In summary,a new imaging MS system AFAI-IMS (AFADESIIMS) based on the AFAI source in DESI mode has been developed and applied to the high-resolution imaging of different samples. Since the introduced air flow enhances sample ionization,the detection sensitivity is increased. It provides a very suitable and specific method for the analysis of samples which contains variety of substances.

Another feature is that our system exhibits excellent repeatability for the imaging of very large samples. In this study,a sample with an area of 150 mm × 100 mm has been successfully imaged. Meanwhile,we also developed a data processing program to process the data acquired using AFAI-IMS,which can be further used in numerical analysis.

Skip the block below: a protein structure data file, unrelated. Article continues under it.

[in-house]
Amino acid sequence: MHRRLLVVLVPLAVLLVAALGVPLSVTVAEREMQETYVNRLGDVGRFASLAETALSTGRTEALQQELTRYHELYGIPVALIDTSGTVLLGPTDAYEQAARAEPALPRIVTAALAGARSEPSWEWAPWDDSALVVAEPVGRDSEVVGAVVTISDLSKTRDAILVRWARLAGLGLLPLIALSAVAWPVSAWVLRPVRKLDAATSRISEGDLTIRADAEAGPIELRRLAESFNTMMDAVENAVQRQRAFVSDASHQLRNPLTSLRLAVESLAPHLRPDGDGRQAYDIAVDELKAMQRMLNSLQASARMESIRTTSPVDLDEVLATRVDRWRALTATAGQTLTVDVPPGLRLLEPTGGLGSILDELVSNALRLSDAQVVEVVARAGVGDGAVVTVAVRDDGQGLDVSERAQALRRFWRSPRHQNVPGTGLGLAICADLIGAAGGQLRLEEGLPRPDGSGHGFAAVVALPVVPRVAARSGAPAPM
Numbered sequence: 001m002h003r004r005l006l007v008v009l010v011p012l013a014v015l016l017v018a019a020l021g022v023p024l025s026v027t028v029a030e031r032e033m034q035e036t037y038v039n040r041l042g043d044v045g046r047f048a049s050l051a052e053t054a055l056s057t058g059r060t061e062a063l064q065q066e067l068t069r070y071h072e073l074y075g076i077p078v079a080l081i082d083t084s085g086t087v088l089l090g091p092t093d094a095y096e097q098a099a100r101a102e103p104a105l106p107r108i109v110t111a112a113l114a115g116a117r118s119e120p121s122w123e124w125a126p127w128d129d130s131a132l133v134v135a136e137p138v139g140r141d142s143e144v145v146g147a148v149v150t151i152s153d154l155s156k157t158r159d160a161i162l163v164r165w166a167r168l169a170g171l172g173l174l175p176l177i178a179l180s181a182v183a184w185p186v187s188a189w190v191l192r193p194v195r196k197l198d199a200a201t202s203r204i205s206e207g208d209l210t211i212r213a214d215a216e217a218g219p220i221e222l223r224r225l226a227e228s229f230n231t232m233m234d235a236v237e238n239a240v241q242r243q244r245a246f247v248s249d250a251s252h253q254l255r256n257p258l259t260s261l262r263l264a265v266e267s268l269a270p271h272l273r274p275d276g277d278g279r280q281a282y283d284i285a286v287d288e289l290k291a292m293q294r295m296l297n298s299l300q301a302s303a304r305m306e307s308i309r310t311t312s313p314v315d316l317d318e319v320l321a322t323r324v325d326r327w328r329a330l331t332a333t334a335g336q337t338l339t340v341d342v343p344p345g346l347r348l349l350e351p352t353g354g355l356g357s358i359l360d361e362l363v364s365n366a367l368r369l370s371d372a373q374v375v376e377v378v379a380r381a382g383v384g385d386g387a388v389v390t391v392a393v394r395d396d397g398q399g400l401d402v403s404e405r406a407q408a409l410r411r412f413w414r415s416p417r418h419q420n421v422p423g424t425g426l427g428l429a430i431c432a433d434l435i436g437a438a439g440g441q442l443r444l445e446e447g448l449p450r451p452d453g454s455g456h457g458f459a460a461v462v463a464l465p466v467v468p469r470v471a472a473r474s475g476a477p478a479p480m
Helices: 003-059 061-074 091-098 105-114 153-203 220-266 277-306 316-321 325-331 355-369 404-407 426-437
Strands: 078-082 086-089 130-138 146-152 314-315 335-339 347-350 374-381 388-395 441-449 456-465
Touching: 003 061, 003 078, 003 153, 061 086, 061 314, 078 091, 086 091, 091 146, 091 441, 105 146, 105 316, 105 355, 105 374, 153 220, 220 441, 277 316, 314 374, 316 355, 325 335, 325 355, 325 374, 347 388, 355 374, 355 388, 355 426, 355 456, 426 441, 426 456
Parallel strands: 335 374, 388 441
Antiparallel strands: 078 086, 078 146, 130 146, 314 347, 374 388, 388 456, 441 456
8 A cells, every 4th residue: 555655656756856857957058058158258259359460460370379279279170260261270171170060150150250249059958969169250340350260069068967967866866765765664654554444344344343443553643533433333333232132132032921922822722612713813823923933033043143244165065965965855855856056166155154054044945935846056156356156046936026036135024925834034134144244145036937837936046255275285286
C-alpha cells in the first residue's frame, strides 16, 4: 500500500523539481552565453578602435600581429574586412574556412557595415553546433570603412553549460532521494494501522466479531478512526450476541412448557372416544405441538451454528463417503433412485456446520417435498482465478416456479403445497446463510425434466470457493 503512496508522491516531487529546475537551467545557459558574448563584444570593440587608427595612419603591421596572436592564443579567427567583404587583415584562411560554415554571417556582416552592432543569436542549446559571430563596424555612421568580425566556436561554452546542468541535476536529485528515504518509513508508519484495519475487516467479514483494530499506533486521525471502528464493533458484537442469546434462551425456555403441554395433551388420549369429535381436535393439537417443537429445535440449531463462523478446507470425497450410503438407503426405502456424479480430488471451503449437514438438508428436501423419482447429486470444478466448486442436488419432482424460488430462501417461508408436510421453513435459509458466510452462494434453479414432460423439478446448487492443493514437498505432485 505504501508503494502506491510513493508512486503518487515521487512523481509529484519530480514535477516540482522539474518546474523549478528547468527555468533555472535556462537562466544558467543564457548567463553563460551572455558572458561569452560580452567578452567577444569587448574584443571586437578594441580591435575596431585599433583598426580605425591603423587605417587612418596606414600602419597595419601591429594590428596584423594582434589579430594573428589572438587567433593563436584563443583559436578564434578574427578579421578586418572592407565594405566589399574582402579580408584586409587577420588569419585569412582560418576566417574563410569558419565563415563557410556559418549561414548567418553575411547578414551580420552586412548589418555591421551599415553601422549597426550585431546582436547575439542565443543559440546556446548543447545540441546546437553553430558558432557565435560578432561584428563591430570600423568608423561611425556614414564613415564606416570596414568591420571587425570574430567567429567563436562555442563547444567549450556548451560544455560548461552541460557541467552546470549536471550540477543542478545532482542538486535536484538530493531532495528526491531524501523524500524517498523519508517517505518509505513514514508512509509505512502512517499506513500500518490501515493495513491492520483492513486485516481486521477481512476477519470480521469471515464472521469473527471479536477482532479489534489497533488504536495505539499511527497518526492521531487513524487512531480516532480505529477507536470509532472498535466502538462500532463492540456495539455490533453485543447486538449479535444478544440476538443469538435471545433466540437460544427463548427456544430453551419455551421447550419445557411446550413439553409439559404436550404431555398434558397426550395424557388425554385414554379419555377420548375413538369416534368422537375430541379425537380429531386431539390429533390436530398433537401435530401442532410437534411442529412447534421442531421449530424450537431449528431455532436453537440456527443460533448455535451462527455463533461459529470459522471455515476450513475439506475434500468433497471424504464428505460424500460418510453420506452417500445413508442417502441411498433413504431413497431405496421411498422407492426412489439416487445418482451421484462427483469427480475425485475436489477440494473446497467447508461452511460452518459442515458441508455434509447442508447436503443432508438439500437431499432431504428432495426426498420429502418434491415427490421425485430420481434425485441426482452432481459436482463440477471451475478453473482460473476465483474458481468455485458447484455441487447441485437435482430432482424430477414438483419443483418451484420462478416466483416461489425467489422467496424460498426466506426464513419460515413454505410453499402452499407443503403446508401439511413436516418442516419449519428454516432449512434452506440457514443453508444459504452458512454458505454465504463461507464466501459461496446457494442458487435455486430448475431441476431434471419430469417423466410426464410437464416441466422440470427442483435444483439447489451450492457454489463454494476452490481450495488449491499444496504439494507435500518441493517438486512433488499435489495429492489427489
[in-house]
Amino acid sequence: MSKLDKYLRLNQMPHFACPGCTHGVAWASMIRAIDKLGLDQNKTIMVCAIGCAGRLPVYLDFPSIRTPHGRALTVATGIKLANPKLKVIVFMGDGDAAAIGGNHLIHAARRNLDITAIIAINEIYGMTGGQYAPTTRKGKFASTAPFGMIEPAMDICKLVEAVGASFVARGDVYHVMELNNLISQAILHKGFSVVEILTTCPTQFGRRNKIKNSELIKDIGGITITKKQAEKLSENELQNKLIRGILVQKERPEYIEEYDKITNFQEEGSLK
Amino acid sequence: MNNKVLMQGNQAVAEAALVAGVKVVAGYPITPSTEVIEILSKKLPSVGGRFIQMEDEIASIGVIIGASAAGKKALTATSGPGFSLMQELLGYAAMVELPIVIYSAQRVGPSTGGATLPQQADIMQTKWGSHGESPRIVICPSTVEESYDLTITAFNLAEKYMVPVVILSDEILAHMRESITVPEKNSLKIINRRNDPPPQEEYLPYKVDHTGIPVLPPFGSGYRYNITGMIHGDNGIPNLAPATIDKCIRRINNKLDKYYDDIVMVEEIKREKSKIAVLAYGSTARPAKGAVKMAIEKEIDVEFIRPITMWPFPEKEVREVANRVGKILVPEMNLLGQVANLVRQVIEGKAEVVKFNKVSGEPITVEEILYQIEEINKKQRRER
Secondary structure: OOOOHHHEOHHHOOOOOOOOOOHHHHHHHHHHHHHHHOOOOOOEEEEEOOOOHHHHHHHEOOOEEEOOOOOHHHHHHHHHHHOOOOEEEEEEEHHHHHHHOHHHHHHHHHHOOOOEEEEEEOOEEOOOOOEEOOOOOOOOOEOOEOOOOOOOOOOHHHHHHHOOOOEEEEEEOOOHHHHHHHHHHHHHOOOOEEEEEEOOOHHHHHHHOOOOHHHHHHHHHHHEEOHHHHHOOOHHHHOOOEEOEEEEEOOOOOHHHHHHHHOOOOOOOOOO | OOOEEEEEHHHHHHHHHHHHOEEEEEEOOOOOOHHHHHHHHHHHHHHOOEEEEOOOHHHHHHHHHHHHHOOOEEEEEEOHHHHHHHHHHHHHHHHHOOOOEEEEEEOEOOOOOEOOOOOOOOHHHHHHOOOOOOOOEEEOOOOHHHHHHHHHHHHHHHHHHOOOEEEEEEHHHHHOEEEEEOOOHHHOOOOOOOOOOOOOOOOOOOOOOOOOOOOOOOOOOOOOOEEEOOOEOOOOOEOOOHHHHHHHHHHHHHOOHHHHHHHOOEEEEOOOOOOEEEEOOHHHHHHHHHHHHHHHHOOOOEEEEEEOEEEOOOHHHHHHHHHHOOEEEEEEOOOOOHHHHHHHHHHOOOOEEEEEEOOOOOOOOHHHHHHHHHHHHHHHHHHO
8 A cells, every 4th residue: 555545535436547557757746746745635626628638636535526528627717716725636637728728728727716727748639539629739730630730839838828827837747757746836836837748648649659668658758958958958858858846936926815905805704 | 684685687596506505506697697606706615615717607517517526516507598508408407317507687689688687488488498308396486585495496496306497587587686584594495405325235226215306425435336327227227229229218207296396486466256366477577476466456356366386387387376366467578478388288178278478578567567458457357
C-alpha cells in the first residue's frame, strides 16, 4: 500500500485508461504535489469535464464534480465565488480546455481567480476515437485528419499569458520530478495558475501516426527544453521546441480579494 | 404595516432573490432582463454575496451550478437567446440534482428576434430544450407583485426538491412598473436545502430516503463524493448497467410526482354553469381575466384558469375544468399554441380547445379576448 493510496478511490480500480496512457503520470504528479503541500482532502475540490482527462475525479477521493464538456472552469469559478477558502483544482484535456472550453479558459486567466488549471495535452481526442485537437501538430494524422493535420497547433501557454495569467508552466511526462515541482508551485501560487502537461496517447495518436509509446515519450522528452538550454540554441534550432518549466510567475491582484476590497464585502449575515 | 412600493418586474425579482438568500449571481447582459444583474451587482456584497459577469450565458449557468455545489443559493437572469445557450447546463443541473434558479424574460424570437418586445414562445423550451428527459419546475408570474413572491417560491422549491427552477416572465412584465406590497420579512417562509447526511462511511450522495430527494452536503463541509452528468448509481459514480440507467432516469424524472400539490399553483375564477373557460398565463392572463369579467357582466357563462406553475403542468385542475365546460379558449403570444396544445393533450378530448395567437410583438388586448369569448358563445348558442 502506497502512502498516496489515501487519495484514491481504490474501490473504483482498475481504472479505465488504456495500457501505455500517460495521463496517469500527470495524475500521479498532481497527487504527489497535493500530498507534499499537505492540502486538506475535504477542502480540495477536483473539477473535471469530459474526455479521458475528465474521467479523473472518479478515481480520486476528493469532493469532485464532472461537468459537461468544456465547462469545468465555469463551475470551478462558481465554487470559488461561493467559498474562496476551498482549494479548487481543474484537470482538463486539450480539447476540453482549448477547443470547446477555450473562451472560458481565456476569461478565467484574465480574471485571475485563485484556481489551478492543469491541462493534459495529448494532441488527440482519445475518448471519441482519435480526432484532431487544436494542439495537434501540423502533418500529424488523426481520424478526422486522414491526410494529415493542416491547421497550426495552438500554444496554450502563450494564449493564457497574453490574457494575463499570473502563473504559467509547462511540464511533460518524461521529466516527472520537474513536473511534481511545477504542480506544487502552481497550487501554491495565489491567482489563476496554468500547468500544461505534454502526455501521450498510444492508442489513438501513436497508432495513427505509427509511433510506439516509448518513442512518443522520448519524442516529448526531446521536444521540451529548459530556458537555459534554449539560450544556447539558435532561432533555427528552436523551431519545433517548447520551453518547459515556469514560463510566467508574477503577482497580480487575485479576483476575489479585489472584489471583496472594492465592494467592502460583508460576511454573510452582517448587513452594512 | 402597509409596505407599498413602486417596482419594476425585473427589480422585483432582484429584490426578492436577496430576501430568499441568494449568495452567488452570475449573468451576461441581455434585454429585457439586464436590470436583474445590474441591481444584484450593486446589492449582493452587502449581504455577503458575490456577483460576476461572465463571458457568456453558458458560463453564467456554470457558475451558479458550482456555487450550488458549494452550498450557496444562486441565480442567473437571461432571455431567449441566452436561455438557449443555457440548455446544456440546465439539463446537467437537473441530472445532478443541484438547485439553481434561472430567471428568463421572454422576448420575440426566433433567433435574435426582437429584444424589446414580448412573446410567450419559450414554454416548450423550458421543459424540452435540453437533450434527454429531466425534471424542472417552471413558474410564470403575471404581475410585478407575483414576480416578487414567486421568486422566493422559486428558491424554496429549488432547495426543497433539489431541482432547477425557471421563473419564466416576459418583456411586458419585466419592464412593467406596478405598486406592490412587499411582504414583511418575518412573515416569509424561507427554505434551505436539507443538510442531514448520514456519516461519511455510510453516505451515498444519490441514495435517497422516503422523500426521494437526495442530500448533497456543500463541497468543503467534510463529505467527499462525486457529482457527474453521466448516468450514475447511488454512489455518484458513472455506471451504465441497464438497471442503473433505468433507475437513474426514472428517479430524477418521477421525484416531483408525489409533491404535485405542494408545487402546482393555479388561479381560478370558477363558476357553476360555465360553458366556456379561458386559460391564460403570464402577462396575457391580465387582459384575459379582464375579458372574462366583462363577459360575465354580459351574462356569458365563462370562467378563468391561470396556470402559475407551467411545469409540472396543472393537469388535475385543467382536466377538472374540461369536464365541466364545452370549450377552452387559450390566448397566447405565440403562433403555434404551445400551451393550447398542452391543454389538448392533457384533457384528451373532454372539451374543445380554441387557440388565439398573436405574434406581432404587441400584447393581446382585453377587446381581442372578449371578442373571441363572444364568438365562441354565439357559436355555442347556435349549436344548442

The AFAI-IMS method reported in this manuscript is a labelfree, high sensitivity,high resolution,high throughput and in situ molecular imaging technique. The method has enormous potentials in the MS imaging of large and complicated samples. In particular,it may be used to determine the specific markers of cancer in the future. It will play an important role in the field of the biomarker assays,diagnostic assays,drug and metabolite assays,etc.


This work is financially supported by the National Instrumentation Program (No. 2011YQ17006702),the National Natural Science Foundation of China (No. 21027013 and No. 81102413) and Fundamental Research Program of Shenzhen (No. JC201005280634A).